Brian Hainline, the NCAA’s chief medical officer, made a bold statement after he was hired in 2013, calling mental health “the biggest issue” facing college athletics.

“I’ve lost a couple of people who I was exceptionally close to who died by suicide,” Hainline said. “And I’ve had three patients kill themselves and it devastates me, and it always will.”

The NCAA has raised awareness of suicide issues, issued best practices and guidelines and tried to get colleges to take this issue seriously.

But a Free Press examination of colleges across the state revealed a wide disparity in how athletic departments handle mental health issues. Some colleges have an extensive support network — the University of Michigan has a staff of seven mental health experts who work exclusively with its athletes. But other schools barely have anything. Some colleges didn’t start taking the issue seriously until one of their  athletes faced a crisis. And some mental health programs have turned into a mishmash of procedures and practices.

Most small schools send athletes to on-campus counseling, but that is not an ideal situation. Many counselors don’t understand the unique challenges facing athletes, and it can be difficult for athletes to get an appointment to see a counselor or schedule regular sessions because of long wait lists and complicated athletic schedules. In addition, some athletes are uncomfortable going to a counseling center because of the stigma.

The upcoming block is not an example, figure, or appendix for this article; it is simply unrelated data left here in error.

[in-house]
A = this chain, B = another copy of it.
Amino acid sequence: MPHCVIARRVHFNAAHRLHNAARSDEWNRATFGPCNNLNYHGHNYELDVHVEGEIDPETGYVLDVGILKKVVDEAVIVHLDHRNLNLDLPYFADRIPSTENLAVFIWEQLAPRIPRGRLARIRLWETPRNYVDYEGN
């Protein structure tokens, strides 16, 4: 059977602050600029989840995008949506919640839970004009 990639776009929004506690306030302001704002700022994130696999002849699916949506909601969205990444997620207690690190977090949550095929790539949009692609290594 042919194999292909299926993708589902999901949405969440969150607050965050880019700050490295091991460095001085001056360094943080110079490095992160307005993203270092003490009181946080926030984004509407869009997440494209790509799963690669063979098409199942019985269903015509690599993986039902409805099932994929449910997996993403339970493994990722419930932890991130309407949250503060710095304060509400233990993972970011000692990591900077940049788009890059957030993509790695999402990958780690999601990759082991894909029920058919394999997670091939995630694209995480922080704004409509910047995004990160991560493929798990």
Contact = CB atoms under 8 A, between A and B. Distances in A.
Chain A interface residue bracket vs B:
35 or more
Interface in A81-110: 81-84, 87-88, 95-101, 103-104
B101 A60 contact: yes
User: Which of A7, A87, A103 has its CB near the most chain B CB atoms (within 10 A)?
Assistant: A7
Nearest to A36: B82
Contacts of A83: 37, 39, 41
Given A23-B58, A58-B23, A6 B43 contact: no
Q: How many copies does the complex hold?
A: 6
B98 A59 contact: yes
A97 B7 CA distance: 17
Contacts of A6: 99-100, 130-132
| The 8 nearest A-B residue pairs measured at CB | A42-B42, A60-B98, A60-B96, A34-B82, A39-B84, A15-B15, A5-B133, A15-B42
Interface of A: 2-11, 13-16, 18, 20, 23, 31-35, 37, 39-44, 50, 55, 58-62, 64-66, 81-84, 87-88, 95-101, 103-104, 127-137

Every college does something different and no one is quite sure what is the best approach.

Several administrators told the Free Press that all of this uncertainty makes them live in fear that a tragedy is just around the corner.

“It scares the tar out of you,” Hope College athletic director Tim Schoonveld said. “That could be, literally, on any day of the week, any of us. That’s the scary deal. No matter what you are doing, it could be any of us. It’s out there and it’s everywhere.”

This isn’t just an athletic issue, it’s a public health crisis.But the more we talk about this, the more we look at how different groups are trying to combat it, the better we will be.0:001:28ADHope College AD talks about helping athletes’ mental healthTim Schoonveld, Director of Athletics of Hope College talks about helping student athletes’ mental health.JUNFU HAN, DETROIT FREE PRESS

The  hope

Here is an athlete, who came out of the darkness and was saved.

Heininger battled his demons in silence for several months until he broke down after a practice in 2008. But he was lucky when Lenny Navitskis, a Michigan trainer, saw the warning signs.

“He saw me and put his arm around me and said, ‘Will, come with me,’ ” Heininger said. “ ‘You are going to be OK. We will take care of you.’

“He walked me into Schembechler Hall and into Barb Hansen’s office, who I credit in a lot of ways for saving my life.”

Heininger got the help he needed from Hansen, now a retired athletics counselor, and learned skills that changed his life.

“After that point, I was thriving, utilizing those tools,” Heininger said.

 Andhelped carry Lloyd Carr off the field, after his final game of the 2007 season.

Michigan football player Will Heininger, right wearing a hat is all smiles as he and teammates carry off their head coach, Lloyd Carr, after their Citrus Bowl game against the University of Florida at the Capital One Bowl in Orlando, Florida on January 1, 2008. Michigan won the bowl game 41-35. Heininger, was dealing with pressure and bouts of depression during this time and now teaches around the country to middle and high schoolers the warning signs and what to do about them.